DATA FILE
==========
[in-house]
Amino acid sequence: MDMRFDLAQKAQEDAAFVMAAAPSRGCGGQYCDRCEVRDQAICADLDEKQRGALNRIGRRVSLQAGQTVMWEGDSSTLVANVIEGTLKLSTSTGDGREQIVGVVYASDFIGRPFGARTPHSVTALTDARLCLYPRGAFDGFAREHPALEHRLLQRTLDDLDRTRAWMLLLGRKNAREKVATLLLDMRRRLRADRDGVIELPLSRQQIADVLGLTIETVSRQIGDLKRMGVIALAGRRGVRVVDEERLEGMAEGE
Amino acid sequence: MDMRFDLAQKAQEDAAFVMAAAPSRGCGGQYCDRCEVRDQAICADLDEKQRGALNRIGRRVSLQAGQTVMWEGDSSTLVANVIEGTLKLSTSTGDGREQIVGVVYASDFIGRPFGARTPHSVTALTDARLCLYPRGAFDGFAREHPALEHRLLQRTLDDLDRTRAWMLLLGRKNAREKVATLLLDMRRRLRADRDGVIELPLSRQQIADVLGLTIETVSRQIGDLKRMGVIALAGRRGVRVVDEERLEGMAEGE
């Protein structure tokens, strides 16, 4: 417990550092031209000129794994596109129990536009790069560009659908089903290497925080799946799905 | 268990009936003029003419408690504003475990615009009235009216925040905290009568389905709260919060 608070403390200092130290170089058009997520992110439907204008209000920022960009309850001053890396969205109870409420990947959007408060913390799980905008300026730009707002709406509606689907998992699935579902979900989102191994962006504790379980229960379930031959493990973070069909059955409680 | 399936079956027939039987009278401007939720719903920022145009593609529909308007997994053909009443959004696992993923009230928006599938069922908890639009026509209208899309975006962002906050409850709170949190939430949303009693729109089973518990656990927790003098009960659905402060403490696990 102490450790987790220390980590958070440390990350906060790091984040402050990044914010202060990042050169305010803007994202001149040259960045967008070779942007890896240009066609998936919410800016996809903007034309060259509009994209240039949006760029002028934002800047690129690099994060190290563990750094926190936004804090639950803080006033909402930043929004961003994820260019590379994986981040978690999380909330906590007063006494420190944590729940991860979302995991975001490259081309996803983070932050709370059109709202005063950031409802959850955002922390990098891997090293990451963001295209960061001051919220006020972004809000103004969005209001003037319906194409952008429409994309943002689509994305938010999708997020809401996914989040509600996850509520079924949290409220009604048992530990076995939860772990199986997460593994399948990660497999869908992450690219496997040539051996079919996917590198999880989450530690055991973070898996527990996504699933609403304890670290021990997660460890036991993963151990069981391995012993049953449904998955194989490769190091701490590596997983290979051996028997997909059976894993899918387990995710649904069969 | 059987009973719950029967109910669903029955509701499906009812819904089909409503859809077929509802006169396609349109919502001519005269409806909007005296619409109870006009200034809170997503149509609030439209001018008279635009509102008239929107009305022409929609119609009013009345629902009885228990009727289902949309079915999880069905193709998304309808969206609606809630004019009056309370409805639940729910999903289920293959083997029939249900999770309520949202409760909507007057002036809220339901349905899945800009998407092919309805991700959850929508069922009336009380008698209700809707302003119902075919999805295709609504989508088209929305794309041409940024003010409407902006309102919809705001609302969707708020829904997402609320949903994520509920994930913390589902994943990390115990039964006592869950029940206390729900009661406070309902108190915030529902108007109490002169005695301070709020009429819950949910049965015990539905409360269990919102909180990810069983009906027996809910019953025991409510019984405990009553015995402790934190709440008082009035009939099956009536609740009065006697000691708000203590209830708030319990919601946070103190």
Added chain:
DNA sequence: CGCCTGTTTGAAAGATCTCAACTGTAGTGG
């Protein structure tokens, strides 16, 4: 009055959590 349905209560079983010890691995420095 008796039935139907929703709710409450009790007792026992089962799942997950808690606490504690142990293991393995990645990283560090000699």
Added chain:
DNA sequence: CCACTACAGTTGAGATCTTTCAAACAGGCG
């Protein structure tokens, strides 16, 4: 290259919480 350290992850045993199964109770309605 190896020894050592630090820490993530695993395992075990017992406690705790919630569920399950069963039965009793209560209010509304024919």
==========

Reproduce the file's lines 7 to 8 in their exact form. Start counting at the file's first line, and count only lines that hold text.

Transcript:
């Protein structure tokens, strides 16, 4: 009055959590 349905209560079983010890691995420095 008796039935139907929703709710409450009790007792026992089962799942997950808690606490504690142990293991393995990645990283560090000699």
Added chain: